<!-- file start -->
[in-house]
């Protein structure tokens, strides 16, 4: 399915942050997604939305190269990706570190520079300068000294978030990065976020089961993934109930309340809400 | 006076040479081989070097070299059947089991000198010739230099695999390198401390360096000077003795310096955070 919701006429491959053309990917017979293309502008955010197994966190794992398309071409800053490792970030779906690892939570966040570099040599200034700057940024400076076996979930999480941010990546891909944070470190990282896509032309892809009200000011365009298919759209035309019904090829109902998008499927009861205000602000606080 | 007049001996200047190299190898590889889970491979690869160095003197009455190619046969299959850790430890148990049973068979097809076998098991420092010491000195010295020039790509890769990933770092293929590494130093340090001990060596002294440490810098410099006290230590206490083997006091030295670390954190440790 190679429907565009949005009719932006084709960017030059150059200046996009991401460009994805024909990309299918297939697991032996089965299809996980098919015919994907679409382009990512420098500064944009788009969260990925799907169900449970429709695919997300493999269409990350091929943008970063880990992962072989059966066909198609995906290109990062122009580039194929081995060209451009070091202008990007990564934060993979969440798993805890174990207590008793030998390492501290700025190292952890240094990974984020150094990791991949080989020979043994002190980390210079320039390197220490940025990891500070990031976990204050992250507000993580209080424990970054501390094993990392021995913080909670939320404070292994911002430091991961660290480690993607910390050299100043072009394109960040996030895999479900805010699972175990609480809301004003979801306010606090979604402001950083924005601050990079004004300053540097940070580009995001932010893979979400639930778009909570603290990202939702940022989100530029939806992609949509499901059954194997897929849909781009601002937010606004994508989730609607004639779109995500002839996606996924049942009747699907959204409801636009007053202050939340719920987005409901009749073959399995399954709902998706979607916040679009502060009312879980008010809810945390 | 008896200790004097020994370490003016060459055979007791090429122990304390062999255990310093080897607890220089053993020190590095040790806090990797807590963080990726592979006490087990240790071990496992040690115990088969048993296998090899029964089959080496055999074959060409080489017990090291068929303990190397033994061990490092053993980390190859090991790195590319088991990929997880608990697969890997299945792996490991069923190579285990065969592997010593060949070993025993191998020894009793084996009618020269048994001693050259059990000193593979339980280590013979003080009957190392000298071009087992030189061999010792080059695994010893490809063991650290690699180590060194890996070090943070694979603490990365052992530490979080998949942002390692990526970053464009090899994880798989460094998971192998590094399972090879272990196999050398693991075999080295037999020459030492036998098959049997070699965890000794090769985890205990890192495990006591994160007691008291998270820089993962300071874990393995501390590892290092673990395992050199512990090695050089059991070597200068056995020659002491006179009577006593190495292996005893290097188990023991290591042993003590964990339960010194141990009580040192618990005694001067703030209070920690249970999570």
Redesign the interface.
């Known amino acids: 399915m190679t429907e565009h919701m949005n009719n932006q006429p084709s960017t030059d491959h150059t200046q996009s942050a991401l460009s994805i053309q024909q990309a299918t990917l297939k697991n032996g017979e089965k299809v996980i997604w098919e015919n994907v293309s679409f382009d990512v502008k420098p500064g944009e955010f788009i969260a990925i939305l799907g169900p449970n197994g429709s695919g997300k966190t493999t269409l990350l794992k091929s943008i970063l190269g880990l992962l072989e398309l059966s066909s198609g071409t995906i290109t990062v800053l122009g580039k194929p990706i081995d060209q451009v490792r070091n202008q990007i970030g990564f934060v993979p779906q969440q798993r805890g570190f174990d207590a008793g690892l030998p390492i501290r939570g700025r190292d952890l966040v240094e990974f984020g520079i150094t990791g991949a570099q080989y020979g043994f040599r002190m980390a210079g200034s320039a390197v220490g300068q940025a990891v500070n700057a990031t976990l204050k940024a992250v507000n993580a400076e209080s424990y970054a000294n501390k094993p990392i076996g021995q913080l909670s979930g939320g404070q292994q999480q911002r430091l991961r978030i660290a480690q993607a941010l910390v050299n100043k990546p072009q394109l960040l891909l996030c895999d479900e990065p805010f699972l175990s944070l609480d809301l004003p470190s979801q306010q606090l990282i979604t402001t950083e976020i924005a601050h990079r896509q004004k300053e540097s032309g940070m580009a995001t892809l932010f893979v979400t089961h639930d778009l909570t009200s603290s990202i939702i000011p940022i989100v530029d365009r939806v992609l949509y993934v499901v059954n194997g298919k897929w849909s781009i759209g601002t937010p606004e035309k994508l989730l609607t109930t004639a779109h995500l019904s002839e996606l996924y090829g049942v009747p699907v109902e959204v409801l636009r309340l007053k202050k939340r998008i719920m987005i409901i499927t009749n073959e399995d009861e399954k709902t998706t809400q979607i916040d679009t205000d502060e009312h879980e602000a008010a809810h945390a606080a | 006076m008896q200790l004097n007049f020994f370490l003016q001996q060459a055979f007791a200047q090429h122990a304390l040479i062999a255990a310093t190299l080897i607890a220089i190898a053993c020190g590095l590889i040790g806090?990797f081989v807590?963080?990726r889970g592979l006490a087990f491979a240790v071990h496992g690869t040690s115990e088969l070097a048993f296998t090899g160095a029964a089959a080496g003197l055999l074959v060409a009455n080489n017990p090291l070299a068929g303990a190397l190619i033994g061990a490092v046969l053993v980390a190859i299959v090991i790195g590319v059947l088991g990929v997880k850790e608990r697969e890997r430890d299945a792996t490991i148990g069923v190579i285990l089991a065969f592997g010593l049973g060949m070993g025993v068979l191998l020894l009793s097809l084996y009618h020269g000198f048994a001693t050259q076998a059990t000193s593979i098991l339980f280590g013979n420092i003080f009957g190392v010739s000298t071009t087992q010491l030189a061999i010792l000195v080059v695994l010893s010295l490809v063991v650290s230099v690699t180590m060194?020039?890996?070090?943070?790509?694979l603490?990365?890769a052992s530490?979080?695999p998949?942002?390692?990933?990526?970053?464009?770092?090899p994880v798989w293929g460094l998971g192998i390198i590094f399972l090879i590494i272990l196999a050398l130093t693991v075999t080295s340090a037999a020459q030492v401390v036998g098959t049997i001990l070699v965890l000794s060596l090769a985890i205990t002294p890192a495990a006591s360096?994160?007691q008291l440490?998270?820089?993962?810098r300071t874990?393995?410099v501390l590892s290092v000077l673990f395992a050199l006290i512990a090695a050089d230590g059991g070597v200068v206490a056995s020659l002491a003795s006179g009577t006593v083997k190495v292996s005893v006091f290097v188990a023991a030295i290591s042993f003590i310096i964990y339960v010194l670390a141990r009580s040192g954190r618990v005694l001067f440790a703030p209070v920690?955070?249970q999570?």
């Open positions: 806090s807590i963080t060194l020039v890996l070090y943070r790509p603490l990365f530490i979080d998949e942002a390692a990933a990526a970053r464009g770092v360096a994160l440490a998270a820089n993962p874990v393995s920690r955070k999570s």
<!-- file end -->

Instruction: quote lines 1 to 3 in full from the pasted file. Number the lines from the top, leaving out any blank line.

[in-house]
């Protein structure tokens, strides 16, 4: 399915942050997604939305190269990706570190520079300068000294978030990065976020089961993934109930309340809400 | 006076040479081989070097070299059947089991000198010739230099695999390198401390360096000077003795310096955070 919701006429491959053309990917017979293309502008955010197994966190794992398309071409800053490792970030779906690892939570966040570099040599200034700057940024400076076996979930999480941010990546891909944070470190990282896509032309892809009200000011365009298919759209035309019904090829109902998008499927009861205000602000606080 | 007049001996200047190299190898590889889970491979690869160095003197009455190619046969299959850790430890148990049973068979097809076998098991420092010491000195010295020039790509890769990933770092293929590494130093340090001990060596002294440490810098410099006290230590206490083997006091030295670390954190440790 190679429907565009949005009719932006084709960017030059150059200046996009991401460009994805024909990309299918297939697991032996089965299809996980098919015919994907679409382009990512420098500064944009788009969260990925799907169900449970429709695919997300493999269409990350091929943008970063880990992962072989059966066909198609995906290109990062122009580039194929081995060209451009070091202008990007990564934060993979969440798993805890174990207590008793030998390492501290700025190292952890240094990974984020150094990791991949080989020979043994002190980390210079320039390197220490940025990891500070990031976990204050992250507000993580209080424990970054501390094993990392021995913080909670939320404070292994911002430091991961660290480690993607910390050299100043072009394109960040996030895999479900805010699972175990609480809301004003979801306010606090979604402001950083924005601050990079004004300053540097940070580009995001932010893979979400639930778009909570603290990202939702940022989100530029939806992609949509499901059954194997897929849909781009601002937010606004994508989730609607004639779109995500002839996606996924049942009747699907959204409801636009007053202050939340719920987005409901009749073959399995399954709902998706979607916040679009502060009312879980008010809810945390 | 008896200790004097020994370490003016060459055979007791090429122990304390062999255990310093080897607890220089053993020190590095040790806090990797807590963080990726592979006490087990240790071990496992040690115990088969048993296998090899029964089959080496055999074959060409080489017990090291068929303990190397033994061990490092053993980390190859090991790195590319088991990929997880608990697969890997299945792996490991069923190579285990065969592997010593060949070993025993191998020894009793084996009618020269048994001693050259059990000193593979339980280590013979003080009957190392000298071009087992030189061999010792080059695994010893490809063991650290690699180590060194890996070090943070694979603490990365052992530490979080998949942002390692990526970053464009090899994880798989460094998971192998590094399972090879272990196999050398693991075999080295037999020459030492036998098959049997070699965890000794090769985890205990890192495990006591994160007691008291998270820089993962300071874990393995501390590892290092673990395992050199512990090695050089059991070597200068056995020659002491006179009577006593190495292996005893290097188990023991290591042993003590964990339960010194141990009580040192618990005694001067703030209070920690249970999570």
Redesign the interface.